I am the one who isn’t pulling off the outfit nearly as well, and has clearly given up on trying. I am not the one who eyes will flick to automatically. I am the background one. Like a tree against which she can pose.

And at the same time, even as I am a tree, there is no comfort that I can take in blending in with her. There is nowhere I can hide.

I used to slouch a lot. I’d round my shoulders in and try to disappear behind the curtain of my hair. I think I learned to do this for two reasons: my big nose and my height. I am 5’5”, which isn’t incredibly tall, but when I started performing services at my synagogue when I was a teenager, I towered over the rabbi, and many of the congregants, and I was apologetic about it. I didn’t mean to be so large, so I tried to make myself smaller. I hunched.

My efforts to dampen the sharp, bold lines of my profile with masses of hair were equally unsuccessful. Once a friend and I were acting out a scene and her brother was filming us to try out his parents’ new camcorder. He played the scene back on the TV, pleased with his handiwork, and no one seemed to notice that anything was out of the ordinary. Even though from the side I was a bunch of hair with a nose sticking out of it. I looked ridiculous. But everyone had gotten used to it, I guess, and they just figured I knew.

When I cut all my hair off a couple of years ago, I stopped slouching for the first time. I stood up straight because there was nothing to hide behind. This was my face and here was my neck, right here, unavoidable, and I looked like a naked turtle when I curved forward and tried to duck inside myself.



Like cutting my hair off, I think having friends who look absolutely nothing like me forces me to deal with looking like myself. I can’t just get the right shoes and disappear into our similarities. Instead, the way I look is clarified. Sometimes annoyingly. Sometimes helpfully.

As my gorgeous, delicate friend and I stood in front of the mirror in my bathroom, getting ready to go out, I towered over her, and our faces registered as starkly opposing. Hers: clean, tight, with sweeping cheekbones and huge, dramatic eyes. A model face that works the same from every angle. Mine, ovaled and messier, with big features, but a surprising softness in the cheeks and roundness in the quiet eyes. We looked for a moment as though we must not be from the same species. She was maybe a fairy. Or my tribe was woodworkers who had grown bigger and stronger because we had to work outside in the forest all the time. I don’t know.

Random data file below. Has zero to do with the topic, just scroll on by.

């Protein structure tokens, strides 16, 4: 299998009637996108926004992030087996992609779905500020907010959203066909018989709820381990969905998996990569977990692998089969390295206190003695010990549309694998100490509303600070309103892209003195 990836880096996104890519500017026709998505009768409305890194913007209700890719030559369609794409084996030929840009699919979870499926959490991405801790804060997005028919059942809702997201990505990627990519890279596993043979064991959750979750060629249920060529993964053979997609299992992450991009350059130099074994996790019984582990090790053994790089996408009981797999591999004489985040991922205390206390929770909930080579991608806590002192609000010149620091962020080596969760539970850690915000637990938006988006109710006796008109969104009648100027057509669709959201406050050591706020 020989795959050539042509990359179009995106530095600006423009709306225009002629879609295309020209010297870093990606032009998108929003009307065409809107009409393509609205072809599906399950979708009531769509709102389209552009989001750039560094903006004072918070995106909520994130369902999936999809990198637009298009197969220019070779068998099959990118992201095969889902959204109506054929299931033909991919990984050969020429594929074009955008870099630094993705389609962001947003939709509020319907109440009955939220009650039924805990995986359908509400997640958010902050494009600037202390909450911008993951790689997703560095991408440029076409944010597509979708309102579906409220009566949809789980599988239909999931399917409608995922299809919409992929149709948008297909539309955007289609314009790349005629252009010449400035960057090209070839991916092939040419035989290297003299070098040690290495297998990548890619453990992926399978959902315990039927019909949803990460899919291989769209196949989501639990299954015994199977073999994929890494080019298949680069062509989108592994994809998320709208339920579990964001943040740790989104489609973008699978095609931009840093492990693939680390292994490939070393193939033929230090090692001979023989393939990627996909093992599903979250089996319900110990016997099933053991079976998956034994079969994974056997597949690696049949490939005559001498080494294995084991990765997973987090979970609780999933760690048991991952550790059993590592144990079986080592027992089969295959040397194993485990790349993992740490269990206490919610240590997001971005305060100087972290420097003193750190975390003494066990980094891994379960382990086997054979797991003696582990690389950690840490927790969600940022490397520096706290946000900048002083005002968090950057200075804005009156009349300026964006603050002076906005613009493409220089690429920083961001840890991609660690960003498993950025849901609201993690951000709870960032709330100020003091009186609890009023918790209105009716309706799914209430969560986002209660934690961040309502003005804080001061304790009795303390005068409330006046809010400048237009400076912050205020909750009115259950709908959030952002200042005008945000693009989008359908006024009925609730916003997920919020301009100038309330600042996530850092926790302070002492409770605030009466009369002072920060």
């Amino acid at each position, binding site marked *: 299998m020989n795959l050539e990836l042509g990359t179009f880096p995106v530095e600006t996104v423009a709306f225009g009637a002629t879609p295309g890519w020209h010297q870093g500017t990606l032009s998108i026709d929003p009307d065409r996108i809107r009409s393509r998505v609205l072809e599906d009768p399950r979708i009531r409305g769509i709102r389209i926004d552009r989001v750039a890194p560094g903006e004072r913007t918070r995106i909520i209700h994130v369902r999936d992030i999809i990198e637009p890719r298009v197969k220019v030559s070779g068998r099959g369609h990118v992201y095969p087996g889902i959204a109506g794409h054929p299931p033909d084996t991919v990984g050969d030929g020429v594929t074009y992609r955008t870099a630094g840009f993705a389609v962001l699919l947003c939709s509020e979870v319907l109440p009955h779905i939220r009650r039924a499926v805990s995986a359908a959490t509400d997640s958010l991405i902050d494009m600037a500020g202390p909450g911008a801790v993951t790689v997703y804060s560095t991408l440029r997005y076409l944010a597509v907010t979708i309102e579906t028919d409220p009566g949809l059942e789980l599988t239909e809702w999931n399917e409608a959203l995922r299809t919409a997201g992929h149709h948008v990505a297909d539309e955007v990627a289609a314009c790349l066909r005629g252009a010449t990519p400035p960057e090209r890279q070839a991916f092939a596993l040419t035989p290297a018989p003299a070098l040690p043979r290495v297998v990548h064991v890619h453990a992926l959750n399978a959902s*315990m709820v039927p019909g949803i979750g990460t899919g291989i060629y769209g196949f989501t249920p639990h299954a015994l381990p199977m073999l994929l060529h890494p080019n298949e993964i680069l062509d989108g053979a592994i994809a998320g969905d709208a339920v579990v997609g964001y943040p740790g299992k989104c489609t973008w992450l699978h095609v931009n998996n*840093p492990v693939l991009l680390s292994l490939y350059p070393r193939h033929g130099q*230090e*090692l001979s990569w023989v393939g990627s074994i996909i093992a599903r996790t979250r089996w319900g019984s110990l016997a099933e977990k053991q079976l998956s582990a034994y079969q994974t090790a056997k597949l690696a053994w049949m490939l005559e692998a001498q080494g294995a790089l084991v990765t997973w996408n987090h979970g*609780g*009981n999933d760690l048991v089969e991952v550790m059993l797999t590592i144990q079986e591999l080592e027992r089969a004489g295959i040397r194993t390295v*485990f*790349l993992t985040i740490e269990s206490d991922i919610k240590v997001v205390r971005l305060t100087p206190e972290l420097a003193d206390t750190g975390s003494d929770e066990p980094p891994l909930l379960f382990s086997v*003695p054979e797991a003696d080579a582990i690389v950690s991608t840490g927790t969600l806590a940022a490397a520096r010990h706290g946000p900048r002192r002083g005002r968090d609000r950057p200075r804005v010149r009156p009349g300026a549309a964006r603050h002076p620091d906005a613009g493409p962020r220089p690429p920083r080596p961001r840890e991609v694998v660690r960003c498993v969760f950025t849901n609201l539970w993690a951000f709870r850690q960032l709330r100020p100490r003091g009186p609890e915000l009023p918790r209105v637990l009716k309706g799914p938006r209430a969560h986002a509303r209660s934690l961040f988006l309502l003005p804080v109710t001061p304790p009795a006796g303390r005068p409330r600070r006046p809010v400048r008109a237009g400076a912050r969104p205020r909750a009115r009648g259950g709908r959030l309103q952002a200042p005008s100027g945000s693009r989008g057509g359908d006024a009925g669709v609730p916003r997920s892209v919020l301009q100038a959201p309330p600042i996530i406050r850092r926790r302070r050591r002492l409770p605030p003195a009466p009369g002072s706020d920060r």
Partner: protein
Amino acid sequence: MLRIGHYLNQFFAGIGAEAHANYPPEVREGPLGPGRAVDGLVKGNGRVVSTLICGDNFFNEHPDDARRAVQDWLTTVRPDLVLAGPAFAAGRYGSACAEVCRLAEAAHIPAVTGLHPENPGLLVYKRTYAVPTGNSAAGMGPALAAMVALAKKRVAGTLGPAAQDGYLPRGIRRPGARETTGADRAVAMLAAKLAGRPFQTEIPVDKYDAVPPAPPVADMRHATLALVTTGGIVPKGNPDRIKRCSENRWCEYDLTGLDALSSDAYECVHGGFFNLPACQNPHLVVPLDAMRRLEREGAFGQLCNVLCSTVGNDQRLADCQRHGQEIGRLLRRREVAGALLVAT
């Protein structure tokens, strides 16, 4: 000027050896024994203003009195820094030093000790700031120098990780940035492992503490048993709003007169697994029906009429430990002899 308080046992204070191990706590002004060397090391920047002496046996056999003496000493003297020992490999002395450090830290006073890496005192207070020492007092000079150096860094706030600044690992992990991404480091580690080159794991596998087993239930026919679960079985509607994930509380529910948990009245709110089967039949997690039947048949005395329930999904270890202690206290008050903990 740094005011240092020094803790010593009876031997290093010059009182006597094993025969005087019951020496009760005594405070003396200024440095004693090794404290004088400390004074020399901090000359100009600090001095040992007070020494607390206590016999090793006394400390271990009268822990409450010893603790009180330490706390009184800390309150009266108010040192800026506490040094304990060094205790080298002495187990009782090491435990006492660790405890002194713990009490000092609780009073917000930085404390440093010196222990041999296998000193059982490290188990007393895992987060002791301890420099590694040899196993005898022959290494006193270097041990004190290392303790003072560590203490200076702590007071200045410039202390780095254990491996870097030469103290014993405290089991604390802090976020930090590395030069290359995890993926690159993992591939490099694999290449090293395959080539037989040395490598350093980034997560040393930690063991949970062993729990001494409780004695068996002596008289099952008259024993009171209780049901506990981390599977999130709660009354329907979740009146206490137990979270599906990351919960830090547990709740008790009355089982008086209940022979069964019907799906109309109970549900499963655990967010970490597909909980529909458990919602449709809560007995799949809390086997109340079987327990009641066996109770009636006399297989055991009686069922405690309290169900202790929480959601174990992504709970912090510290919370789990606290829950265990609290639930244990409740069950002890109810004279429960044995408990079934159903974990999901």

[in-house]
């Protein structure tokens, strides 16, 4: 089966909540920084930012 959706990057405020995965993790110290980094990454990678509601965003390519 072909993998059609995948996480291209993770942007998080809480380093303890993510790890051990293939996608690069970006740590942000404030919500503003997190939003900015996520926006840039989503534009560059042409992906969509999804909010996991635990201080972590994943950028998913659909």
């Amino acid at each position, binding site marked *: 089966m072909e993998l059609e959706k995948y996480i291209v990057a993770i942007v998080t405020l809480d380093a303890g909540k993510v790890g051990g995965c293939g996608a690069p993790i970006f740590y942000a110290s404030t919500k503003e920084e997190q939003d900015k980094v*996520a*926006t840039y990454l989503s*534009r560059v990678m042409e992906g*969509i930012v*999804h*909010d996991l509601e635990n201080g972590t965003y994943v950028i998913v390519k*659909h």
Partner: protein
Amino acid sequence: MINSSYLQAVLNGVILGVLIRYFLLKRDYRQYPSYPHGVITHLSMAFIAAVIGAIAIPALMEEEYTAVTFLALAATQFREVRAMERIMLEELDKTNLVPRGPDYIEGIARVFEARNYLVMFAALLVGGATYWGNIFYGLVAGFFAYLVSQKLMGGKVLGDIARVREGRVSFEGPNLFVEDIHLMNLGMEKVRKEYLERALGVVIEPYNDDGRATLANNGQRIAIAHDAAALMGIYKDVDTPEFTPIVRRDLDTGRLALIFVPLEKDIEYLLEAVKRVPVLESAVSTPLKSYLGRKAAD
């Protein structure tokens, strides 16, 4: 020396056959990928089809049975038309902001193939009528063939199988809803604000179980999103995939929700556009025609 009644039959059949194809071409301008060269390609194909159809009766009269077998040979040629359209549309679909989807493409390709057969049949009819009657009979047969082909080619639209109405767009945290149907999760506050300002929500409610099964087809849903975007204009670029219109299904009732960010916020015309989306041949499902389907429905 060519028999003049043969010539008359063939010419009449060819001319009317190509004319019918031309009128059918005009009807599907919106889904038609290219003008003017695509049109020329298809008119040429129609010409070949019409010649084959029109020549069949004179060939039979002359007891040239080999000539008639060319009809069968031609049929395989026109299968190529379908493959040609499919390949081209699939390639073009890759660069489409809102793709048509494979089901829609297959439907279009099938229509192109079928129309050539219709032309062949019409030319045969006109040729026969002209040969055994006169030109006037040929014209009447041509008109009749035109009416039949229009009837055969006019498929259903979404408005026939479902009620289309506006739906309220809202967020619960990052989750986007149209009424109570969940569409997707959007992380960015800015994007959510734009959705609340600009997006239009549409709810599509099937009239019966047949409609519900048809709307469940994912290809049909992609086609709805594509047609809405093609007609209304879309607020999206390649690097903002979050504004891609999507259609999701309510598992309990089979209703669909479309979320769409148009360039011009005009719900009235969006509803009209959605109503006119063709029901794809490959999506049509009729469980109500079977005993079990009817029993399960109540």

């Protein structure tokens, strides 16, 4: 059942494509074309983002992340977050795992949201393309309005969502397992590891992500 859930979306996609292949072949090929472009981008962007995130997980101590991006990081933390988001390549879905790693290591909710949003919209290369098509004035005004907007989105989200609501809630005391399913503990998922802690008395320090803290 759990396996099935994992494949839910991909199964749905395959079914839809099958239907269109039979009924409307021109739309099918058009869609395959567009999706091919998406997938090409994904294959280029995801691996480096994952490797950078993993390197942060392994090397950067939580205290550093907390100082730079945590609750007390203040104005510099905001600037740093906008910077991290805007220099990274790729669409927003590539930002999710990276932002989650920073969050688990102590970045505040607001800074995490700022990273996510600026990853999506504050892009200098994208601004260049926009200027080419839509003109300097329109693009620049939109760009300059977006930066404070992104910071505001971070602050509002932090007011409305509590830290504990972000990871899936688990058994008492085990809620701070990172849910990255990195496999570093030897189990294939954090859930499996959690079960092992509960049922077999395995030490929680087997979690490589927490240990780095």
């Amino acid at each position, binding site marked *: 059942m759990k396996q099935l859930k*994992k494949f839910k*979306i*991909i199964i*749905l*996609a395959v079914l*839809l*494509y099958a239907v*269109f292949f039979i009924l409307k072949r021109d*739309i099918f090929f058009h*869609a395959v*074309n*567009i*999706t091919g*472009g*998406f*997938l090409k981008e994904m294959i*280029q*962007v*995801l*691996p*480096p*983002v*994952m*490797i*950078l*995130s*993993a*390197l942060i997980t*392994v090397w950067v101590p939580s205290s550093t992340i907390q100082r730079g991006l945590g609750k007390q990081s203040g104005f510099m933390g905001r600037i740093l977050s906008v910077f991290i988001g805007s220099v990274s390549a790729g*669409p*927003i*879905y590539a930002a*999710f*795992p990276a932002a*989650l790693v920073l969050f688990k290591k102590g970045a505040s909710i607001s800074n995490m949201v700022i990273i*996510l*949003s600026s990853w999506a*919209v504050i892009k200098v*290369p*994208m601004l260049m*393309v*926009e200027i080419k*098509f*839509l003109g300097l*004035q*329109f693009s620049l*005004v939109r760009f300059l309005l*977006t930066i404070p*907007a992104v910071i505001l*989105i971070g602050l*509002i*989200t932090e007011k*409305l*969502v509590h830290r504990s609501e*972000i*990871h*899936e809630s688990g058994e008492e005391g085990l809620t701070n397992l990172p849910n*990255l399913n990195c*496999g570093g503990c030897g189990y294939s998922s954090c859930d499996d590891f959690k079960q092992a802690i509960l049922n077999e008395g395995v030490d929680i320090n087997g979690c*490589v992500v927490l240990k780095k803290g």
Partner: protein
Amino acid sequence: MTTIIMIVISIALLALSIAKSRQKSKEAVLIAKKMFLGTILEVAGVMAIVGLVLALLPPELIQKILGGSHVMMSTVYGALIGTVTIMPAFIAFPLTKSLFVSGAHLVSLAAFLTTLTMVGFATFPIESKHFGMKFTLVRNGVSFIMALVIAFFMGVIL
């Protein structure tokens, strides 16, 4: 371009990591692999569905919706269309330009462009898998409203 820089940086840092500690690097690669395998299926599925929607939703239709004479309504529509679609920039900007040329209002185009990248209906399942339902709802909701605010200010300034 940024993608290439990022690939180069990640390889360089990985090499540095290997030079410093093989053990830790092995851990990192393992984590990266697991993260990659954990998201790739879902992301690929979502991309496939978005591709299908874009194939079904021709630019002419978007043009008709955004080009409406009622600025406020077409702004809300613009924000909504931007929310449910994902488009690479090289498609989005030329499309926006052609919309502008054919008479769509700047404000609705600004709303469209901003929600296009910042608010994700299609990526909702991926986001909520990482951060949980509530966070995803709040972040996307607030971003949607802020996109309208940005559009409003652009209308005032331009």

“We look funny,” I said.

She laughed, understanding what I meant. When do we ever see ourselves, side by side like that?

We went out, her in her six inch heels, and had a good time. But at one point, she slipped, stepping off a curb, and instinctively, I caught her. Without any effort at all, I righted her. And for a moment, I wondered what would’ve happened if I hadn’t been there. Maybe she would have somehow caught herself and balanced. But maybe not.

Maybe I am the strong, regal one now, at least in this relationship. Now that I’ve learned to put my shoulders back.

Or maybe it just doesn’t matter whether or not we look similar. It’s so easy, as a girl, to get stuck in a cycle of comparing yourself to other girls. To wonder, sometimes so softly you barely hear yourself, if you’re hot enough or if your outfits are cool enough for every person and situation you encounter. It gets redundant quickly. It gets silly, when you catch yourself doing it.

My reporter friend is fascinating and introspective. She makes me want big answers. She keeps me quick-minded when I start to slip into conventional patterns. She is impressively non-defensive. She teaches me that I can let myself love another woman who doesn’t remind me of myself at all. That I can take that risk.